(UPDATED at 5:20 a.m. PDT July 27, 2018)
Below is an updated map of the Cranston Fire, showing data collected at 10:49 PDT July 26. Click on the image to see a larger version.
(UPDATED at 4:03 p.m. PDT July 26, 2018)
Now instead of one huge convection column of smoke on the San Bernardino National Forest southeast of Hemet, California there are two. The second fire, named Ribbon, was discovered around mid-day Thursday. Air tankers were sent to the new fire to hopefully knock it down and keep it from becoming a second major fire. Firefighters on the ground and in the air did slow it down, but priorities on the Cranston Fire and a shortage of lead planes and air tankers resulted some aircraft moving to the Cranston Fire. The Ribbon Fire later picked up in intensity and developed a large smoke column 10 miles southeast of the Cranston Fire. The Ribbon Fire is northwest of the small community of Ribbonwood off Highway 74.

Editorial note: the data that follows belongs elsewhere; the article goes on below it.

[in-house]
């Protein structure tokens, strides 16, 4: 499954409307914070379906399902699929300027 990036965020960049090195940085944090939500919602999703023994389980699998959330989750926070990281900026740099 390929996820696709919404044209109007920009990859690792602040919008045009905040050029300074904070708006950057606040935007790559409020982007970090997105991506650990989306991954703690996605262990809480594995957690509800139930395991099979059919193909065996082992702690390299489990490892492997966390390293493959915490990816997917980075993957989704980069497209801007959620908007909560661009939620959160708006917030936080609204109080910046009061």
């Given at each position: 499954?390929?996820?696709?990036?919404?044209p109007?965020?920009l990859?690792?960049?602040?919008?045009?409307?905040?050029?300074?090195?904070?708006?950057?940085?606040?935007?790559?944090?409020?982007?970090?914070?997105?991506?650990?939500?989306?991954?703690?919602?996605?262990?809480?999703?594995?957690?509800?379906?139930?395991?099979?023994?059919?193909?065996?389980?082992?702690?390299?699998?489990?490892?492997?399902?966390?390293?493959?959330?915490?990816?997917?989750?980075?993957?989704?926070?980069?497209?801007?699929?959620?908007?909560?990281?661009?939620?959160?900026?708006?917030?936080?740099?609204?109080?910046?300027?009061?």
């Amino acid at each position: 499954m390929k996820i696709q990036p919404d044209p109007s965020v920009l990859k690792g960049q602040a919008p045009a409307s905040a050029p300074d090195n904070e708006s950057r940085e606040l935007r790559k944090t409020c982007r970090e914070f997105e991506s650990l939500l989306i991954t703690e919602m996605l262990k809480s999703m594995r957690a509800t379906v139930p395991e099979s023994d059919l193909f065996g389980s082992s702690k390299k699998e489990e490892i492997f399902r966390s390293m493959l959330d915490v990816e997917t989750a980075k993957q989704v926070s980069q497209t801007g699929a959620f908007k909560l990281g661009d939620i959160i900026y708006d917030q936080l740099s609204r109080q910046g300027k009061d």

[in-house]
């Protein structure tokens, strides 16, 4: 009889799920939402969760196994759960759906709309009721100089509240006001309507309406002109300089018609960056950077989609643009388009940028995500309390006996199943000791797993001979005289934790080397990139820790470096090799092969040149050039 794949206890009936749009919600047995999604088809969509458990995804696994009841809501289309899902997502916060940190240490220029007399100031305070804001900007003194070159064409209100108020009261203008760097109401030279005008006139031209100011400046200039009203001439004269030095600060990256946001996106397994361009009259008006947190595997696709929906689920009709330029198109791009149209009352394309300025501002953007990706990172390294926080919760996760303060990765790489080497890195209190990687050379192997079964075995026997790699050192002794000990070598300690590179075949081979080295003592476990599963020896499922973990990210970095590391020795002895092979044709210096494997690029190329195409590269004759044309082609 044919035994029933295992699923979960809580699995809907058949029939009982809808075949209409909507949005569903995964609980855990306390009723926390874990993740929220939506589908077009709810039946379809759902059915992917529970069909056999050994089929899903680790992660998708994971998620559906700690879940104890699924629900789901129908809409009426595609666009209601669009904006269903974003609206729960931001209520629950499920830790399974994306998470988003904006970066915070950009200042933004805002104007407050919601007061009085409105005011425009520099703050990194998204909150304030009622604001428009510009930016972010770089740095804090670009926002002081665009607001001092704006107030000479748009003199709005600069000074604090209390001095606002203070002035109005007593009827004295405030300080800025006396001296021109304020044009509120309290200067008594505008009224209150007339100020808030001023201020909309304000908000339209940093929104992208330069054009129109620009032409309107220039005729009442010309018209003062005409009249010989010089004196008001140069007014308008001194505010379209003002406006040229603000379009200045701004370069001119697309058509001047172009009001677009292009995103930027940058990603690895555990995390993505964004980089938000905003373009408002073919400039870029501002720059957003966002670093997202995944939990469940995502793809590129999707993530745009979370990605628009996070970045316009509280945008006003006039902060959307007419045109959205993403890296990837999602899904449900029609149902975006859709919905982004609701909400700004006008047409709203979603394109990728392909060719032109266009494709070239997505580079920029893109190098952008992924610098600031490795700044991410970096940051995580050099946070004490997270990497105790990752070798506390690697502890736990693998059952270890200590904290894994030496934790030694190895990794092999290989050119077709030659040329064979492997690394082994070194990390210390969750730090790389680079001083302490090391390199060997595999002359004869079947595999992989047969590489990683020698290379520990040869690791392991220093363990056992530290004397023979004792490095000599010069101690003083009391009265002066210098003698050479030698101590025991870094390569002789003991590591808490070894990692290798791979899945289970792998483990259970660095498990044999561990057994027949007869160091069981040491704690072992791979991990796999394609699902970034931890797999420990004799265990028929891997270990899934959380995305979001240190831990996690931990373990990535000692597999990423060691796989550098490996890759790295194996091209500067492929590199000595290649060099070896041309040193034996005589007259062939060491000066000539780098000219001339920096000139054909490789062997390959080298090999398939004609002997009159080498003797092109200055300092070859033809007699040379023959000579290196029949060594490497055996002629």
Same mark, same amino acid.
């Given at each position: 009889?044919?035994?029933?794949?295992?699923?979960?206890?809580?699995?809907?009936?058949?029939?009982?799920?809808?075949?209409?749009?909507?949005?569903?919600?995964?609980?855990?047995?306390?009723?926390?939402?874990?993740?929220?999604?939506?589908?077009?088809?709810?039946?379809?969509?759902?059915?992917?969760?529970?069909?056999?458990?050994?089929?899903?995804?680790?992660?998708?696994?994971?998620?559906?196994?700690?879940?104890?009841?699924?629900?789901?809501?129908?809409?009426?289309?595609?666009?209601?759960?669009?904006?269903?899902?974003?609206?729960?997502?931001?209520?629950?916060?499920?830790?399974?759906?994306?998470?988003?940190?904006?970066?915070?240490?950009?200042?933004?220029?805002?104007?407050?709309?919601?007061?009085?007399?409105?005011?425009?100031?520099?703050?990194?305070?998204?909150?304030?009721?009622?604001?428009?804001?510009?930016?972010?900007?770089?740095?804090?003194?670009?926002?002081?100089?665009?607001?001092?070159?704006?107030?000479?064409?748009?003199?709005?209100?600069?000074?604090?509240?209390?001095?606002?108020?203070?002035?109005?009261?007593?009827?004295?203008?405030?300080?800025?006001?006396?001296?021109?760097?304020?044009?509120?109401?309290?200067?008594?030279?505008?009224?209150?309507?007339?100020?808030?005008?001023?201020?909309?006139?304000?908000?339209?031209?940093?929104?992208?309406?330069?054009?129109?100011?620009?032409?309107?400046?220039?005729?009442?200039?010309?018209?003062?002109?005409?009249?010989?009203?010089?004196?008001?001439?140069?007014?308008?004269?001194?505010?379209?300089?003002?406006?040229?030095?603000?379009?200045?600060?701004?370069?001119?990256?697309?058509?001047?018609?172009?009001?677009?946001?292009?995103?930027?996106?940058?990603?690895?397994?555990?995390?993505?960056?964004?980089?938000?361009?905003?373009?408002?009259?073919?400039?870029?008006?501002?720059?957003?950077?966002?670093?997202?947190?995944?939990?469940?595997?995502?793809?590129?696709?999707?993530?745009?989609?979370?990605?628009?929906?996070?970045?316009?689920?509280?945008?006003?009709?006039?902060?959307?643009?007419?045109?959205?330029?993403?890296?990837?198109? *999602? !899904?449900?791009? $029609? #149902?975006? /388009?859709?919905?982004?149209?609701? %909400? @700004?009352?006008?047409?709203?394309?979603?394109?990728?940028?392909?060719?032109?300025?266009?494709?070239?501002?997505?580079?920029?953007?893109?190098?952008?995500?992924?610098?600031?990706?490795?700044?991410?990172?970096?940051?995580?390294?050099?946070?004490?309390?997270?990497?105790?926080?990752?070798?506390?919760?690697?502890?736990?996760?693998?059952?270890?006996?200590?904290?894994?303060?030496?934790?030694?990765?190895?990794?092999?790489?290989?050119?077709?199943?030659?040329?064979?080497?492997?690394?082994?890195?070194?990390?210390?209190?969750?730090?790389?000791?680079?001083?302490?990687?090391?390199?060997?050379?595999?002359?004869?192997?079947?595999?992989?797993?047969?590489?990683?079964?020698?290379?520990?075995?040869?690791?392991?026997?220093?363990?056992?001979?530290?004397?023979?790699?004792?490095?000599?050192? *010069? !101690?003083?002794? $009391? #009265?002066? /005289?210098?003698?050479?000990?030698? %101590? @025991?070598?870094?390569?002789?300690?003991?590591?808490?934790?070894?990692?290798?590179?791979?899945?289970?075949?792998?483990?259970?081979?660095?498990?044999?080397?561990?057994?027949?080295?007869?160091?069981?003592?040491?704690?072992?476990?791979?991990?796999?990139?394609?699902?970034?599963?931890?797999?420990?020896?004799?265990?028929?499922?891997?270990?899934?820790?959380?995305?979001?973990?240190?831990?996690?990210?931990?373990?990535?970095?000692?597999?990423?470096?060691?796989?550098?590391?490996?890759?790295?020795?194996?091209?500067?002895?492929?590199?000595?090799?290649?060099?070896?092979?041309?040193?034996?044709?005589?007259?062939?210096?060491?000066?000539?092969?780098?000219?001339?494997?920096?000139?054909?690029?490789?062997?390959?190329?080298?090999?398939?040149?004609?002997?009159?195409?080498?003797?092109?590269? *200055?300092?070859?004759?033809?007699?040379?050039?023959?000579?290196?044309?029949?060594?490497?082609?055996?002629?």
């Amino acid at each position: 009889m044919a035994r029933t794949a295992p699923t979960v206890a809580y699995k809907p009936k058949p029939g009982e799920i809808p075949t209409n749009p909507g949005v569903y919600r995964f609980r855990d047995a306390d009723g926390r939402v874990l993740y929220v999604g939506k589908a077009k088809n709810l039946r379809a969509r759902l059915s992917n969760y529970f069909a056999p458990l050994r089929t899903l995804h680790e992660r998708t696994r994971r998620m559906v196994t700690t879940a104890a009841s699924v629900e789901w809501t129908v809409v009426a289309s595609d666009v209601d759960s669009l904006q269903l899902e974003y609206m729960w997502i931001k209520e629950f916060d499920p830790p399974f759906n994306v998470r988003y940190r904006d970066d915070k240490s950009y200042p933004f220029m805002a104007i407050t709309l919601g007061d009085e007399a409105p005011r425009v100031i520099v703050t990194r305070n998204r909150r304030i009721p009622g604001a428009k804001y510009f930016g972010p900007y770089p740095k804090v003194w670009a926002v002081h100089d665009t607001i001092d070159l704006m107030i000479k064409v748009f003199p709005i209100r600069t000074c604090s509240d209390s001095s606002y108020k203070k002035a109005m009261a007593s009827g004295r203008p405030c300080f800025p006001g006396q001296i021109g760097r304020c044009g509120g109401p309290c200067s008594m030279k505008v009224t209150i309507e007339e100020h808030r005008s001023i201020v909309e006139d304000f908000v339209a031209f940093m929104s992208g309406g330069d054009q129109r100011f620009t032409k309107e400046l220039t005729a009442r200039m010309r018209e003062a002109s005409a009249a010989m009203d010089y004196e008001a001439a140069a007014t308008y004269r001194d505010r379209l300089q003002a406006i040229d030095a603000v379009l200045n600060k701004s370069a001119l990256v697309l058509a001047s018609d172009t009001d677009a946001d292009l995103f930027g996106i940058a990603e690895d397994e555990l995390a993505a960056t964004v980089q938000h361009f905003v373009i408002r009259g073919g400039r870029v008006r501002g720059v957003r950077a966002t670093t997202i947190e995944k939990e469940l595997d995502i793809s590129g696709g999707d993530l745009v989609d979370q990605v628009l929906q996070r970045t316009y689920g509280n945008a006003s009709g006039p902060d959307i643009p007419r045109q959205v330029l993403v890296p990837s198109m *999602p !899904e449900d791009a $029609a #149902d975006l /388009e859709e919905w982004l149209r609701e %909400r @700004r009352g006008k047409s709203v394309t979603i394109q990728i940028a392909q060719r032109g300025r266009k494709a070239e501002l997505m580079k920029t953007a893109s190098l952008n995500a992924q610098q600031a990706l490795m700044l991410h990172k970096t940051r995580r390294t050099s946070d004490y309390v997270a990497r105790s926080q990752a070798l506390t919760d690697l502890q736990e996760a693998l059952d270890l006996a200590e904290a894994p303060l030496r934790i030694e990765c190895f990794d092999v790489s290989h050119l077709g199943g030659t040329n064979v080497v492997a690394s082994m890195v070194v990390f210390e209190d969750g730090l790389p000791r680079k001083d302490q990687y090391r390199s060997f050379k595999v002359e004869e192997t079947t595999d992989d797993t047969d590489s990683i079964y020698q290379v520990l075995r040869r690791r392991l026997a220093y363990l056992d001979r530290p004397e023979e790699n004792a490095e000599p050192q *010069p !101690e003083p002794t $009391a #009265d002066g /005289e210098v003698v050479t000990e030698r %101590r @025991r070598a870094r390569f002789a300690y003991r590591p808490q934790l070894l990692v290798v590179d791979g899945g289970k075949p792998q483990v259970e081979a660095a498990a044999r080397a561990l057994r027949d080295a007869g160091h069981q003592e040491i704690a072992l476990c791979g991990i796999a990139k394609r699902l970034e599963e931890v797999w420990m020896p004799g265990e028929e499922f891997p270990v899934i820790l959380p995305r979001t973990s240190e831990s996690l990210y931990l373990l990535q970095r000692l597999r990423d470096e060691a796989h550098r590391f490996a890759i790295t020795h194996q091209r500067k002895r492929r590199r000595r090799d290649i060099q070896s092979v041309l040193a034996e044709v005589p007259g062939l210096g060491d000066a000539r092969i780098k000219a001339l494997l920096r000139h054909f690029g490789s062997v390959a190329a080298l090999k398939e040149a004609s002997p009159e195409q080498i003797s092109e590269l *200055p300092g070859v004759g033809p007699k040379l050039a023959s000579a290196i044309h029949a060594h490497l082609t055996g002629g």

Late Thursday afternoon a spokesperson for the San Bernardino National Forest said the Cranston Fire has burned approximately 7,500 acres.
— CA Fire Scanner (@CAFireScanner) July 26, 2018
Firefighters on the Cranston Fire Thursday afternoon were very concerned about the convection column collapsing, which would create a powerful downdraft, possibly resulting in a dramatic and sudden change of wind direction — a very dangerous situation, pushing the fire in new directions. Supervisors were warned to maintain close accountability of their personnel and to be prepared to withdraw on very short notice. Firefighters 10 miles away on the Ribbon Fire might even be affected by the collapse of the large column.
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